I am quite certain, I am not the only Mom in the world that has children that lie to her.
I also know I am not the only Mom that has questioned WHY won't they just tell the truth?
Childhood lying has been deemed a normal part of childhood.
However, lying is NEVER, EVER acceptable . . . for any reason.
So, we know almost all children lie . . . so how can we save the frustration
of knowing if they are or are not lying?
According to LiveStrong.com we can learn to tell if our children are telling the truth or lying by the child's body language. Watch for:
the child's facial expression . . . is the child's face relaxed? If it is, chances are more likely he/she is telling the truth. However, if the child's face is tense . . . chances are he/she is lying.
does the child's answer sound rehearsed or off the cuff? does the child's answer have conflicting details?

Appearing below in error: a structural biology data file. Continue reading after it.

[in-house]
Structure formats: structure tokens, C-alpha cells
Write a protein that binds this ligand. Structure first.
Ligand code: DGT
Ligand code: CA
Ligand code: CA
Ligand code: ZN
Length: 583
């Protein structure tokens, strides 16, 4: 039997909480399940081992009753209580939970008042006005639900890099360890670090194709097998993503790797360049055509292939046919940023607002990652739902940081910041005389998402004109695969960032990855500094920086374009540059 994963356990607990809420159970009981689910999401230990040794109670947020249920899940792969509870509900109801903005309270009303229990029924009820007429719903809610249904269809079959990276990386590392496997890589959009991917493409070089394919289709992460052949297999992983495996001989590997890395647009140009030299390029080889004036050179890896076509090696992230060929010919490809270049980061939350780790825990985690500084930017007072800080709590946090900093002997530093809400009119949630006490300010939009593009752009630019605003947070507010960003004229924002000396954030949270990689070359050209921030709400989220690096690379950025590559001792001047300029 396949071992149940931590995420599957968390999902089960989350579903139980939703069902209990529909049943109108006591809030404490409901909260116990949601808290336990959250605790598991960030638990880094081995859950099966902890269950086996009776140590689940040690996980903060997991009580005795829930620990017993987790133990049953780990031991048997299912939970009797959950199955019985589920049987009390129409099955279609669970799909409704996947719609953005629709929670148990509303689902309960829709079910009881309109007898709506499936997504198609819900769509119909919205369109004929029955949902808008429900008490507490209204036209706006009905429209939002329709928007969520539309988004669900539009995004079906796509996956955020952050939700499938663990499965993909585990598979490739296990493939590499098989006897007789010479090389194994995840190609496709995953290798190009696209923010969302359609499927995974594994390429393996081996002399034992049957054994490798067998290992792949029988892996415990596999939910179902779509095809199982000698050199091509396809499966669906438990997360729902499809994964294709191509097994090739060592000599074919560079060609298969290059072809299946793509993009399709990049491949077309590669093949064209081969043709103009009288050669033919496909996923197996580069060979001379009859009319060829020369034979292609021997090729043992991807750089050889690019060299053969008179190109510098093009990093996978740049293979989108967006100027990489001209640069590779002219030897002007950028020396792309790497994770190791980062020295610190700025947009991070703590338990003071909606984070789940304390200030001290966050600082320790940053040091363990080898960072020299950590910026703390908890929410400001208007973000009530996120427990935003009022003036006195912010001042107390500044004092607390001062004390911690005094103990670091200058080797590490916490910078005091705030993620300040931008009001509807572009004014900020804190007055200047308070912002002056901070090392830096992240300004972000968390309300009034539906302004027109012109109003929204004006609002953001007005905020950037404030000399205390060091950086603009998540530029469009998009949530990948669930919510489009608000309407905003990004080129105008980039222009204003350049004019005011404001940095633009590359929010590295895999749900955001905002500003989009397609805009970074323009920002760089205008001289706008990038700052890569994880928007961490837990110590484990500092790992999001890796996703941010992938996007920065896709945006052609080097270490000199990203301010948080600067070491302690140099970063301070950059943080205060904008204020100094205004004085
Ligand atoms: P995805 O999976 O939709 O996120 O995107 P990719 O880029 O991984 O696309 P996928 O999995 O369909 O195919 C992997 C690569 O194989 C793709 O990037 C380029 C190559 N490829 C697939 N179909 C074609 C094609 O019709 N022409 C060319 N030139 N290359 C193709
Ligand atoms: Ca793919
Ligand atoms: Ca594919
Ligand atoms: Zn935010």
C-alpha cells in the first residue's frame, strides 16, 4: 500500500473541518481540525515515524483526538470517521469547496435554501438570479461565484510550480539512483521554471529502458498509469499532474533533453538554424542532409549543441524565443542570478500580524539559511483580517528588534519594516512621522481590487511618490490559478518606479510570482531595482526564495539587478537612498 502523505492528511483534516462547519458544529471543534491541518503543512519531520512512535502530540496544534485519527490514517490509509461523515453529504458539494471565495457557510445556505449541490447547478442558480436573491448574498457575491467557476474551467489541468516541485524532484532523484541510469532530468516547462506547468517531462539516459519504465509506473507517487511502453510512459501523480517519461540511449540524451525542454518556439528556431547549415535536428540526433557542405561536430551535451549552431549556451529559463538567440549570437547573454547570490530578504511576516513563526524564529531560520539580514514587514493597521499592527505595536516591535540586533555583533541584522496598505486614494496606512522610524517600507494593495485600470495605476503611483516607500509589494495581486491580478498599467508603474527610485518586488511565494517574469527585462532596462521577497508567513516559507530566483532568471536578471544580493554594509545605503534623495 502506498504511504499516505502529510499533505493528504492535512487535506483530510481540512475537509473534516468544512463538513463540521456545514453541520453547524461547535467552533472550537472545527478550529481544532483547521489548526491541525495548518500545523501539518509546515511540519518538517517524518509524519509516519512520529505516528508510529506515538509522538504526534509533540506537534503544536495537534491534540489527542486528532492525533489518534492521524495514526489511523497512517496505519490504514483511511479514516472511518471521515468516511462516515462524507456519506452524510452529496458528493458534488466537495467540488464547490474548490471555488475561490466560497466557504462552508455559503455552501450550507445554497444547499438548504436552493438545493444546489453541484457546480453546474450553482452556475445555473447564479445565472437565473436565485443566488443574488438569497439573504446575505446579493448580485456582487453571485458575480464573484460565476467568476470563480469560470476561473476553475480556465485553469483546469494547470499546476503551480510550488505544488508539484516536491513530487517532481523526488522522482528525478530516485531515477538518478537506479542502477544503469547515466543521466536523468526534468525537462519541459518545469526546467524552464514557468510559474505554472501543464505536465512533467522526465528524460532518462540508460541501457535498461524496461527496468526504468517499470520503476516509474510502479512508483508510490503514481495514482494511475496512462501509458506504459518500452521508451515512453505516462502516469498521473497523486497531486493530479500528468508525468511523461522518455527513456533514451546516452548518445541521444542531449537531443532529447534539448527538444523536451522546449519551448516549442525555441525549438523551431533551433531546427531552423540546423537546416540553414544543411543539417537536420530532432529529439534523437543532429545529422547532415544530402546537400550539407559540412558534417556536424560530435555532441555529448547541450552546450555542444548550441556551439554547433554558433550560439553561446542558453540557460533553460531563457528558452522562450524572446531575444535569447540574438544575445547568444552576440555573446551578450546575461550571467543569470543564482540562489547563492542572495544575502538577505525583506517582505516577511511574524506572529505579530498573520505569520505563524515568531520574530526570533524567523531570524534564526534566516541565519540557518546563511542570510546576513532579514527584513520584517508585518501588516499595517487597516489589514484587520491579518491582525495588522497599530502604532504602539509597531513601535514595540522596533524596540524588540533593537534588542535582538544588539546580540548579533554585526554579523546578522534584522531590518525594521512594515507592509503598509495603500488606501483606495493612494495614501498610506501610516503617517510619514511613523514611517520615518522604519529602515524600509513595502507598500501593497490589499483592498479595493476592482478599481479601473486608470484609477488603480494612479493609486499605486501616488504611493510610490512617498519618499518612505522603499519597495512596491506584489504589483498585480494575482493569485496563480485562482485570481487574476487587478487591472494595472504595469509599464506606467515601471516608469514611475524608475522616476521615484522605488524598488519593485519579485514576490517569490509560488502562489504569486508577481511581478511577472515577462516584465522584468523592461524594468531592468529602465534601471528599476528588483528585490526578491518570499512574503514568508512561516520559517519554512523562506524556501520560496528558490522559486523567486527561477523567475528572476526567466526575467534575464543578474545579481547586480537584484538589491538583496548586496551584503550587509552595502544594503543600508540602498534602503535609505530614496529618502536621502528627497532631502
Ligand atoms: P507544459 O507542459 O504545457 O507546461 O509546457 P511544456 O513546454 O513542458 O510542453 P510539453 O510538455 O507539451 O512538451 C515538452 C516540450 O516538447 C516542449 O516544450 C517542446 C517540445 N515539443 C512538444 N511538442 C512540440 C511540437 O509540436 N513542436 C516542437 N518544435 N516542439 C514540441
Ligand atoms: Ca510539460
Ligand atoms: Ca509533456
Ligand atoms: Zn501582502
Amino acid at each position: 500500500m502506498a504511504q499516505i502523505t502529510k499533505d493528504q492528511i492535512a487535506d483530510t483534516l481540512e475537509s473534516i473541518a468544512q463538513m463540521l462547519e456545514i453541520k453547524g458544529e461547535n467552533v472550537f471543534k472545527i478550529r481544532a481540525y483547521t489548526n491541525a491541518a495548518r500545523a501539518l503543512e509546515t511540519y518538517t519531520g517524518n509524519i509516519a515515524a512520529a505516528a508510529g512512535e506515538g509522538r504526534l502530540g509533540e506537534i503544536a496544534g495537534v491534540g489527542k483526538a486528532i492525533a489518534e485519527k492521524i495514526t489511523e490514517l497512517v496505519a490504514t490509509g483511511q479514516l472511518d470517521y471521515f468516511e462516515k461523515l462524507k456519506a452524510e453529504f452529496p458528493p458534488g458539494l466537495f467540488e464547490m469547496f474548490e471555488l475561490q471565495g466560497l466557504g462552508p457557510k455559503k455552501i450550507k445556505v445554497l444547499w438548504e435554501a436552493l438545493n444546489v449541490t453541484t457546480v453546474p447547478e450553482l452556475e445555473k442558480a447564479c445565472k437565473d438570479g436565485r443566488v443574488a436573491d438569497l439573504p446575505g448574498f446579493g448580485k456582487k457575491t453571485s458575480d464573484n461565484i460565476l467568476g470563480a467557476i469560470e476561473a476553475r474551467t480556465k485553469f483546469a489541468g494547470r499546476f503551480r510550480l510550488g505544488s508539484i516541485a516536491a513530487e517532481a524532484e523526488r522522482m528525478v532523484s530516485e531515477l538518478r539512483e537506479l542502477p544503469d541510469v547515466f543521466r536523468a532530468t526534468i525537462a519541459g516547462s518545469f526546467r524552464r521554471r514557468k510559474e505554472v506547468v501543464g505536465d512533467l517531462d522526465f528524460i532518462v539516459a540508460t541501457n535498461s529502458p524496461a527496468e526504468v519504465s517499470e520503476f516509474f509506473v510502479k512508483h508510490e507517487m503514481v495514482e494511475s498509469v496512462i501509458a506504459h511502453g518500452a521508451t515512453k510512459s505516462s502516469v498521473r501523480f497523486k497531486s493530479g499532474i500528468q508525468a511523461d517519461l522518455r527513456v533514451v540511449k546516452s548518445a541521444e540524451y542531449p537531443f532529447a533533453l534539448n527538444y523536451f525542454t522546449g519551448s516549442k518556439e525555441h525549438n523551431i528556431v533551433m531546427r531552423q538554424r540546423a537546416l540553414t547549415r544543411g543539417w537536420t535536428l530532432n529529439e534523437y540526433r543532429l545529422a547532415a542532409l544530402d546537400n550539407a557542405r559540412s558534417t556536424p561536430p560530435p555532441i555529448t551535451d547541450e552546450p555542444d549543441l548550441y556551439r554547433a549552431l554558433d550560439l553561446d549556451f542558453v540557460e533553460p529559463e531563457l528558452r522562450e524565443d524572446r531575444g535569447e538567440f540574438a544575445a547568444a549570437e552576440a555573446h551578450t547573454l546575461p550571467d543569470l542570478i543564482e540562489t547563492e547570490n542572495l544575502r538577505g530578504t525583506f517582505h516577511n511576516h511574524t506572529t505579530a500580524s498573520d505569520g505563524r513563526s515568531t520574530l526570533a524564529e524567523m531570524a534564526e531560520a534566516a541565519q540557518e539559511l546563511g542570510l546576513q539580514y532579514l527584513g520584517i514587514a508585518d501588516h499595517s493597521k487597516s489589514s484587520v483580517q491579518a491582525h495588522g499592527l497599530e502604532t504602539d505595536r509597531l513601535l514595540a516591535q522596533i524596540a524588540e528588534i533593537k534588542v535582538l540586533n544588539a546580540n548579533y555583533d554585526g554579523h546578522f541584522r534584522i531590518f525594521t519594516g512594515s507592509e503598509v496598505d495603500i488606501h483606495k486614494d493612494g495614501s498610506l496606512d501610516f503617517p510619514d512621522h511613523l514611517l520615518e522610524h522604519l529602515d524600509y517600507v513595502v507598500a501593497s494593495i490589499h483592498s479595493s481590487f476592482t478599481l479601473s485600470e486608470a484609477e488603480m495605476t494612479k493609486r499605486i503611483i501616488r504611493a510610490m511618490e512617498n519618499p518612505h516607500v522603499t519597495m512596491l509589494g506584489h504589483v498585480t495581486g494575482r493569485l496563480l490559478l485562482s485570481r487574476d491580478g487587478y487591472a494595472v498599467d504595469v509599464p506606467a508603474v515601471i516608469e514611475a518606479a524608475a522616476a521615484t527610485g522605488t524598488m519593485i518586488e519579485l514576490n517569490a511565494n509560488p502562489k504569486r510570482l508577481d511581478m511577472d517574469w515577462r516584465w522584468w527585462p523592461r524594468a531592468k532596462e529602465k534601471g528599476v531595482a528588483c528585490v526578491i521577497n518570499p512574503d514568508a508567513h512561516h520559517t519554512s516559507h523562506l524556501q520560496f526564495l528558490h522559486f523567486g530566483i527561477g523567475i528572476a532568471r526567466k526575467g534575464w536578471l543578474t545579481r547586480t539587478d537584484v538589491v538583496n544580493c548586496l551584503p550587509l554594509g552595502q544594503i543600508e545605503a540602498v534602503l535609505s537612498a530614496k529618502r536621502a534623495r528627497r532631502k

truthful answers generally sound the same regardless of how many times it is told.
watch for body language . . . nervousness, defensiveness or scared. Hunched shoulders or repetitive movements . . . the child is lying to you.
Two of my boys will look me straight in the eyes and lie to me. They will insist over and over and over they did or didn't do something. However, I can generally tell quickly if they are lying or telling me the truth. It never ceases to amaze them how I can tell. I am also very careful NOT to tell them my "secrets".
Lying is one of those "things" that drive me crazy. I give my boys every chance to tell the truth and many times they do tell the truth because they do not want punished. My boys lose privileges if they do not tell the truth . . . a time or two of losing fishing fun privileges and the truth comes a bit easier. Of course, there are plenty of other privileges to lose as well . . . be inventive.
Privileges in our home consist of anything not necessary.
television, nintendo, wii, skateboarding, swimming in the pool, fishing, boating, jet skiis, playing games, not enjoying family fun time or a movie, etc.
Praying for my children is also very important . . .